WED, 05 NOV 1997 22:12:42 GMT
AIM Podgorica, 30 October, 1997
"Montenegro and its political capacities and forces can be a big problem for Milosevic, but all that is insufficient to remove the leader from power, if nothing changes in Serbia", comments Srdjan Darmanovic, political scientist from Podgorica, the newly created situation on the federal level, after Djukanovic's victory in the presidential elections in Montenegro.
This is the essence of the answer to the question which is most frequently put after the second round of Montenegrin presidential elections - what will happen to the relations in the federation, and what will happen to Milosevic. In answer to the first part of the mentioned dilemma, in the interview for Serbia independent RTV stations, Djukanovic was quite direct, announcing replacement of the current Montenegrin ministers by men who would "protect state interest of Montenegro" and "add to recognition of the active role of the federal government", and to the question what would happen if the Socialist Party of Serbia (SPS) refused to accept changes, he briefly answered: "Then it will not be the federal government, but a government which is competent only for the territory of the Republic of Serbia".
As concerning Milosevic, a day before, in an interview to the German weekly Spiegl, Djukanovic said that he would cooperate with him as the president of FRY, that the other federal unit had proposed him (Milosevic) for the post, but also added that he would object to any amendment of the federal constitution or exceeding of the head of the federation the limits and duties prescribed by it.
Being an experienced politician, Djukanovic is evidently aware that in current conditions he cannot demand the head of the omnipotent Milosevic especially because there is neither a constitutional possibility for anything of the kind, nor a serious and strong associate for that in Serbia. Above all, Djukanovic will have to deal with the big business of improving conditions in his own backyard where Milosevic himself, by means of his media propaganda and his political puppet personified in Momir Bulatovic, is holding Montenegro on the verge of the abyss of a civil war. The intention of the federal sheriff, however irrational and risky it may be, is simply merciless: he is relying on further straining of interethnic relations in Montenegro, on economic pressures, complete destabilization of the smaller federal unit in order to further weaken and soften Djukanovic, making him in this way less dangerous for his own status on the federal level.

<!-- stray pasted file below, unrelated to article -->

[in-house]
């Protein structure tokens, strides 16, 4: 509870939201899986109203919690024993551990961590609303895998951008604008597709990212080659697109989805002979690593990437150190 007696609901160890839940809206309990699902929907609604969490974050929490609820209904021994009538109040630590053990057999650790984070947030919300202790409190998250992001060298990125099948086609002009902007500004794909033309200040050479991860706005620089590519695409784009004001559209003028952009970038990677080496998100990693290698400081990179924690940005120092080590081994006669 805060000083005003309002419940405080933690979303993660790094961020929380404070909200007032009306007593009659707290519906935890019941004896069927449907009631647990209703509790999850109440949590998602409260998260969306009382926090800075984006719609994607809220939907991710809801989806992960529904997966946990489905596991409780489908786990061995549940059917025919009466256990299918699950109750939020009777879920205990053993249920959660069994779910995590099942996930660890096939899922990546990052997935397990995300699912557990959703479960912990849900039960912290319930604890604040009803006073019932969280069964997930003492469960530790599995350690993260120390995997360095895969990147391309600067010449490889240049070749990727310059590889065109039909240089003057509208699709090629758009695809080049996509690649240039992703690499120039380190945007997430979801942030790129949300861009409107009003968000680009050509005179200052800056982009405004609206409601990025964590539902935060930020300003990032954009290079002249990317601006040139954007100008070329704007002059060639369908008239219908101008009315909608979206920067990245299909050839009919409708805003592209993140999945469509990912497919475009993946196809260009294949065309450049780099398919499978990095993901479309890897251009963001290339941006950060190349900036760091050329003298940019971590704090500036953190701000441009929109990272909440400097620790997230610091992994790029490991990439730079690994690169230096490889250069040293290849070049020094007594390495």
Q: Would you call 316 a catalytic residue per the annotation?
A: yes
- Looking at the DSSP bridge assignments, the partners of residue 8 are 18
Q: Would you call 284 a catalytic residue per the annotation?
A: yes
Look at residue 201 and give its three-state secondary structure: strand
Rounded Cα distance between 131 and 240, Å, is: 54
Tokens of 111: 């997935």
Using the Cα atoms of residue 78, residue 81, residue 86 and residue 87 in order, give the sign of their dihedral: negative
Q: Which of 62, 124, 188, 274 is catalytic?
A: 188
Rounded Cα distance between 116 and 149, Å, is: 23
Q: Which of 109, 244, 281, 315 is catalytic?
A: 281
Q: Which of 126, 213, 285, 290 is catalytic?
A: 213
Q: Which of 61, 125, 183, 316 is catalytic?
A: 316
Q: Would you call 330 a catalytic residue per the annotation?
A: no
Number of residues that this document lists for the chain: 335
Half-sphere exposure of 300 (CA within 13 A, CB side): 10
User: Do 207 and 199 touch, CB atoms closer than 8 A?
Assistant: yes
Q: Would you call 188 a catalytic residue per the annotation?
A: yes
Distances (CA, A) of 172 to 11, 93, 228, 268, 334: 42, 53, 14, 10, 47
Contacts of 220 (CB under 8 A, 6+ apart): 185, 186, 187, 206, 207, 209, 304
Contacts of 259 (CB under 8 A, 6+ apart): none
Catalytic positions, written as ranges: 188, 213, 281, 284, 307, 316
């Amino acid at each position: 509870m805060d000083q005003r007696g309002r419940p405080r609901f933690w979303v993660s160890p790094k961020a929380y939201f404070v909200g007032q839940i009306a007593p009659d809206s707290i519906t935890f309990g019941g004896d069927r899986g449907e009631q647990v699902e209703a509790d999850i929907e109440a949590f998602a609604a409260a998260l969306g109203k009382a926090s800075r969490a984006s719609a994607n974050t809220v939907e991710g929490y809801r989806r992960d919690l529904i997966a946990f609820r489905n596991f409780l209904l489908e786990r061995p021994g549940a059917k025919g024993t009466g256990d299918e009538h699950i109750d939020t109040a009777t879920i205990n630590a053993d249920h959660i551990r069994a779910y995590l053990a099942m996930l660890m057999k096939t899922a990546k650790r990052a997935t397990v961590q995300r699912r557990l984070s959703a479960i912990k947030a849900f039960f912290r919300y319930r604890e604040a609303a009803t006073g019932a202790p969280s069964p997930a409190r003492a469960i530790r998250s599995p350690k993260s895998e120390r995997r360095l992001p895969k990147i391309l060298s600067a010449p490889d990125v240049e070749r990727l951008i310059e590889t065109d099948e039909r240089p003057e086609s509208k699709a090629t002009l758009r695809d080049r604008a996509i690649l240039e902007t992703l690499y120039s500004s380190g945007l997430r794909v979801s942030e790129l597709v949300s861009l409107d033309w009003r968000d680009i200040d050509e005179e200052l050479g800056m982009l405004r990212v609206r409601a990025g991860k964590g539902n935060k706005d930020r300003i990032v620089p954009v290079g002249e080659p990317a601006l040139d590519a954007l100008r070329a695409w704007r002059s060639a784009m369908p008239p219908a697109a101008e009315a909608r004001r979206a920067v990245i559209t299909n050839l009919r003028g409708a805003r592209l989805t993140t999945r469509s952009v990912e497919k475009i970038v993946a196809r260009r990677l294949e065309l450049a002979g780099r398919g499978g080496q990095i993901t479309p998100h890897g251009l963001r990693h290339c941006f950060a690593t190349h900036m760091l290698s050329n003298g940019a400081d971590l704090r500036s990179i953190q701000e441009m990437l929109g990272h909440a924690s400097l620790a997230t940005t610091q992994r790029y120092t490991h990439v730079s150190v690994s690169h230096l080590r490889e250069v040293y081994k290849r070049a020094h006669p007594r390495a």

"Djukanovic's victory created conditions for changing political relations in the Federation, but not for changing the constitutional system", says Srdjan Darmanovic and continues, "Former interest and political coalition of Serbian and Montenegrin Socialists (SPS®DPS) will probably turn into a conflicting coalition or co-habitation of Djukanovic and Milosevic. Instead of the former partnership and cooperation we will have a rivalry of all those who are forced to cooperate being the ruling forces, and both the ones and the others will wait for the opportunity to weaken 'the other' and be replaced by a 'desirable' partner".